“And they almost laughed at us when they looked at the curriculum, and they actually sort of challenged us and said, I think this is developmentally inappropriate for students this young to be expected to talk about math in this way,” Diniz said. “And then they came back to us and said, ‘We can't believe we didn't think our kids were capable of this. Our eyes have been opened.’”

Eureka Math evolved out of EngageNY, which was developed as part of a 2012 contract between Great Minds and the New York Department of Education. New York used federal Race to the Top grant funds to develop the new curriculum. Diniz said that project was led by Nell McAnelly and Scott Baldridge from Louisiana State University.

Diniz said most Common Core-aligned curriculum materials use visual models in very early grades, but Eureka continues to use the same visual models across grade levels. She said strategies like the number bond can be used not only to help students learn addition and subtraction, but also multiplication.


“Visual modeling plays a significant role in helping kids conceptualize it [math]. Math is so abstract, so understanding what's going on conceptually is very difficult. And so the visual model serves as an analogy,” said Dan Willingham, a professor of psychology at the University of Virginia. “For example, the number line is a very useful way of thinking about it and the number line is a spatial representation.”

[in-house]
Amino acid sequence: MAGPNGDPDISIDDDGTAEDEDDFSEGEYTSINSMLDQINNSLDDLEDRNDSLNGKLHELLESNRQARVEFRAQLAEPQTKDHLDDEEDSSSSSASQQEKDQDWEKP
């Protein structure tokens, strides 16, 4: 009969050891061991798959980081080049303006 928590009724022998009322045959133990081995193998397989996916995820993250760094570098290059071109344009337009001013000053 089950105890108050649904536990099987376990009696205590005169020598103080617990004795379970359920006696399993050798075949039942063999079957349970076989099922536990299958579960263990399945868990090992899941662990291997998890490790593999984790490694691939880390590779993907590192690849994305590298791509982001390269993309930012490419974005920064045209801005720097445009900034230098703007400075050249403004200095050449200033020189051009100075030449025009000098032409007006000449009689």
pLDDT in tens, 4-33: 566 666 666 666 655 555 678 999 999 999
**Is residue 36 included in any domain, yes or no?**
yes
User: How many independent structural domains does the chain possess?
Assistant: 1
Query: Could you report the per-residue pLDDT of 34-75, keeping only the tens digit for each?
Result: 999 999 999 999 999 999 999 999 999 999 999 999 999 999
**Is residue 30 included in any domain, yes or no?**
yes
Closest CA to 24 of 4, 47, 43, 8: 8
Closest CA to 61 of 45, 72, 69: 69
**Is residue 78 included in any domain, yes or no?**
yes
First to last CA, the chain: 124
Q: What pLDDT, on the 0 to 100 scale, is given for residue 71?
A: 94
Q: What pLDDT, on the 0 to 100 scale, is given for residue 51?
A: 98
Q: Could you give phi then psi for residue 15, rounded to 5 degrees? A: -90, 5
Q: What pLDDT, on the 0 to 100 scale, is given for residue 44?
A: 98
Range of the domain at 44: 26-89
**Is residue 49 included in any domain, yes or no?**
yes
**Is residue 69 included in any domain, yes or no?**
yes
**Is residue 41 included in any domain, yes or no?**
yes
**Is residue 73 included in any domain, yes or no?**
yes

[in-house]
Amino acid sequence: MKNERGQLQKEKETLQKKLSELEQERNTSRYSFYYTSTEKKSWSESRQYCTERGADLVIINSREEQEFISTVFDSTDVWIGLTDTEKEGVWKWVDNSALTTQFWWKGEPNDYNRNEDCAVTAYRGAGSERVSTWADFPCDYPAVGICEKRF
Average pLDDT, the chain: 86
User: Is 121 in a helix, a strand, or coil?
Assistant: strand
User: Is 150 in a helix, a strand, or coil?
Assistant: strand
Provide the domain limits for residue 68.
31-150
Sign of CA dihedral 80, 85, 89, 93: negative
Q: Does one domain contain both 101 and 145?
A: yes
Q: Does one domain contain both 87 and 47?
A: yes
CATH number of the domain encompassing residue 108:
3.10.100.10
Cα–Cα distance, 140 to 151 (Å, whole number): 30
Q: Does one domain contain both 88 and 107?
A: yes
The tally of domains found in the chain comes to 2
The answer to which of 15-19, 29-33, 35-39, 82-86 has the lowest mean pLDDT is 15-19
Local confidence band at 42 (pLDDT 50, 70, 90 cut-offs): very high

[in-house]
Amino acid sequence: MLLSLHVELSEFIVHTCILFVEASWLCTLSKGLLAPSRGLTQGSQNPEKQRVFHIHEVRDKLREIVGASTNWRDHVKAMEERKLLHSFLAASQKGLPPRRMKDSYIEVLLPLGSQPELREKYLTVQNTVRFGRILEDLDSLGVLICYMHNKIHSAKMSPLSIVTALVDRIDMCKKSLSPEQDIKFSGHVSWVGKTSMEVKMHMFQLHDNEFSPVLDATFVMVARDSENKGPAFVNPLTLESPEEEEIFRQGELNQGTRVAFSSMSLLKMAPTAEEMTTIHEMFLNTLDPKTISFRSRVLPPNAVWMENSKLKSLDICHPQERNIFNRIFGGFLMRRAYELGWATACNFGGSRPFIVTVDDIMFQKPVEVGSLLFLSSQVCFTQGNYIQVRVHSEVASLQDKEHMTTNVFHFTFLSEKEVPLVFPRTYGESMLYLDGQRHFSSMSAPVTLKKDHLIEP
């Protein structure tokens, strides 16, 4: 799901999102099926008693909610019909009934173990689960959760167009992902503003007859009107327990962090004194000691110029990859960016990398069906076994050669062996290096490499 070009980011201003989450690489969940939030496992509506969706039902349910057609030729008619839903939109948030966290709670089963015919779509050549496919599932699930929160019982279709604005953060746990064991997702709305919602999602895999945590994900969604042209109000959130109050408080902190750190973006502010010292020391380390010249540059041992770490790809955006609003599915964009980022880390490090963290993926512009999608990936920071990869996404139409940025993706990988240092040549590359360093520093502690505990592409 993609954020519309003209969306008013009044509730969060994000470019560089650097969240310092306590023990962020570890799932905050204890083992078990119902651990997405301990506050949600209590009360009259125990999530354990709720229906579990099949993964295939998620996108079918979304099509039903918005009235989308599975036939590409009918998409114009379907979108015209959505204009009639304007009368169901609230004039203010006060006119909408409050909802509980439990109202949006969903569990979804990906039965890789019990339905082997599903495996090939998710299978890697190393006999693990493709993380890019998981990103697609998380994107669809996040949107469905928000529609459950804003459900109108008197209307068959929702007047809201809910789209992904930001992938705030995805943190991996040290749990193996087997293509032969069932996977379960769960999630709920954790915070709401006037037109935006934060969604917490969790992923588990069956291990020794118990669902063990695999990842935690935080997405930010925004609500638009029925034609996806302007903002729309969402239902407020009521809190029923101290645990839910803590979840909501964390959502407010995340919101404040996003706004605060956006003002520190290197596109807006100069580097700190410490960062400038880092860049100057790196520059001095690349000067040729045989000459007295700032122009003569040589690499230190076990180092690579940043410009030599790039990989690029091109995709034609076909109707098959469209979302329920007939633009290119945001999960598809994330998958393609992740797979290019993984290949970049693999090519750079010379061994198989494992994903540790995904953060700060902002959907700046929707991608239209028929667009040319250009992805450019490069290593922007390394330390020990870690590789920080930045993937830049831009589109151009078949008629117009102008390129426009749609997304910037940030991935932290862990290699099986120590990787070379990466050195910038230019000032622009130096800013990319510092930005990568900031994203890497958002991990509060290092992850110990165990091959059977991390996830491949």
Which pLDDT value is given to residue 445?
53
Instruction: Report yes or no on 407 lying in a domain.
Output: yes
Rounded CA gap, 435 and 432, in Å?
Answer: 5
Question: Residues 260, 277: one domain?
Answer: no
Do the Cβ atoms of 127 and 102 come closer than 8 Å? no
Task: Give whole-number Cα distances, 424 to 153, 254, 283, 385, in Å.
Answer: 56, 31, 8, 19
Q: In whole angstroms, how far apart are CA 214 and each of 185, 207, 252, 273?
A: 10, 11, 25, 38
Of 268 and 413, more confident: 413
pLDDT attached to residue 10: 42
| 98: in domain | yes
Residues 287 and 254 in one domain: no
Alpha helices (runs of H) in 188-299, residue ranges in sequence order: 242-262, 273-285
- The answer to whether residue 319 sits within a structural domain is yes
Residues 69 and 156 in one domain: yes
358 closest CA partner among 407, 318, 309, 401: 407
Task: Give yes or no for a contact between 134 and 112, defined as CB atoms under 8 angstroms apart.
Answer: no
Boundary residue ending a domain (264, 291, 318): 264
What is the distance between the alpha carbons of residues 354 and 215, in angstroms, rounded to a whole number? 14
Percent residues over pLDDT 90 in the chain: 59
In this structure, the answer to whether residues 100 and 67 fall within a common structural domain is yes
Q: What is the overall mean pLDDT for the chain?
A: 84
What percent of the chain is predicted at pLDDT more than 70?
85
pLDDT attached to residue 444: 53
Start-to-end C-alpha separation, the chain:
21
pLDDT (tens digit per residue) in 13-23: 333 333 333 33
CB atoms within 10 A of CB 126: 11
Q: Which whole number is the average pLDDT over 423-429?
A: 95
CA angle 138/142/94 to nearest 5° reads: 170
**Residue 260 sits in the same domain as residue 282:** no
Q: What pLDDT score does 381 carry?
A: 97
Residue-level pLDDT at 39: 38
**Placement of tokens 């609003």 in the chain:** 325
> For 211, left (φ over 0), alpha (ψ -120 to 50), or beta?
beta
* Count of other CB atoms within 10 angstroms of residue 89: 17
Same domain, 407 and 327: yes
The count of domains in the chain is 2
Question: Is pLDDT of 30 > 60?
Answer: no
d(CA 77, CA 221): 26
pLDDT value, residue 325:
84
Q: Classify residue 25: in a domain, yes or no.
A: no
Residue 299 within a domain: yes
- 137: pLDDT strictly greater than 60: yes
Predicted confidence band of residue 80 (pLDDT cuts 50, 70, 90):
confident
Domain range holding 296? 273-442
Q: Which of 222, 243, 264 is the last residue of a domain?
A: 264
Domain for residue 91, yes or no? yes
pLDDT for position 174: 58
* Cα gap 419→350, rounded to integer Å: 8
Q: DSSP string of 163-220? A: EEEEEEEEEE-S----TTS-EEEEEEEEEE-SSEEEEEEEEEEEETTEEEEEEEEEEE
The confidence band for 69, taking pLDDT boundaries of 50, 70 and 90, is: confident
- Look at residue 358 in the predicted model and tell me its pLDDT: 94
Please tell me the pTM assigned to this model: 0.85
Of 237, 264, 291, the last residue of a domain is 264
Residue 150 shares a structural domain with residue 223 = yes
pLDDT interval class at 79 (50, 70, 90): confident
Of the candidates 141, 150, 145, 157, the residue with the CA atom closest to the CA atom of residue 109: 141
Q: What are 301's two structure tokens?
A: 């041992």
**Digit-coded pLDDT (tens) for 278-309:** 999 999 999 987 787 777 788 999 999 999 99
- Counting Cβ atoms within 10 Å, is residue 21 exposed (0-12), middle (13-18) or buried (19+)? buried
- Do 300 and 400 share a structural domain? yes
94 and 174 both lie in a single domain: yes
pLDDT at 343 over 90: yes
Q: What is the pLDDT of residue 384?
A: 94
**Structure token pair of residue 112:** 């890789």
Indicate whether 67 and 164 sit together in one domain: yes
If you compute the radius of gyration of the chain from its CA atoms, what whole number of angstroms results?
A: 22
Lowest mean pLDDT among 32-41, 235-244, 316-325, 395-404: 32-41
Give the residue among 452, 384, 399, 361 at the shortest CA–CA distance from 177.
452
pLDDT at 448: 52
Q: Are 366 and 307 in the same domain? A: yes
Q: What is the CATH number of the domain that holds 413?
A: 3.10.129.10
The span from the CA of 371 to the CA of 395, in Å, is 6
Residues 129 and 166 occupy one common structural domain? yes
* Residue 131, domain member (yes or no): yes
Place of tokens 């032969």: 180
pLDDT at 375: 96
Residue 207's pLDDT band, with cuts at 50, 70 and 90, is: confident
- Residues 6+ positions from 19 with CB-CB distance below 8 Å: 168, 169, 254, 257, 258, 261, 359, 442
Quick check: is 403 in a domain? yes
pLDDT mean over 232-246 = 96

Diniz said that there’s no “rote memorization” in Eureka Math, although the curriculum does incorporate what are called “sprints,” timed exercises designed to help build up students’ memories of basic math facts, what Eureka calls “fluency.”

Researchers like Daniel Ansari agree that a conceptual understanding of math is important. But Ansari, who runs the Numeral Cognition Laboratory at Western University in London, Ontario, said it’s not the only important factor when it comes to learning math.

“You can have multiple algorithms, but you still need to know how to solve a problem, not just what concept that problem represents,” Ansari said. He adds that memory and a student’s ability to quickly recall numbers as symbols also plays a major role in knowing how to solve more complicated problems.

“What our work and the work of other scientists in this field has shown is that those children who have a better understanding of number symbols early on tend to be the ones that do better in terms of their math learning,” Ansari said.

Monday night, these questions will be debated by the RPS school board, meeting over teleconference. The public can tune in through the district’s Facebook page at 6 p.m. Most public pushback has called into question the timing of the new curriculum rollout, but not necessarily the content of the math curriculum itself.

This reporting was made possible in part thanks to a fellowship from the Education Writers Association. As part of the fellowship, Megan Pauly is continuing to report on math curriculum in Richmond Public Schools, what research has to say about the role of curricula in student learning, and the science of how students learn math.

*Editor's Note: We've updated one paragraph to clarify that Virginia is getting its own version of Eureka Math to comply with state standards, instead of Common Core.

Megan Pauly reports on early childhood and higher education news in Virginia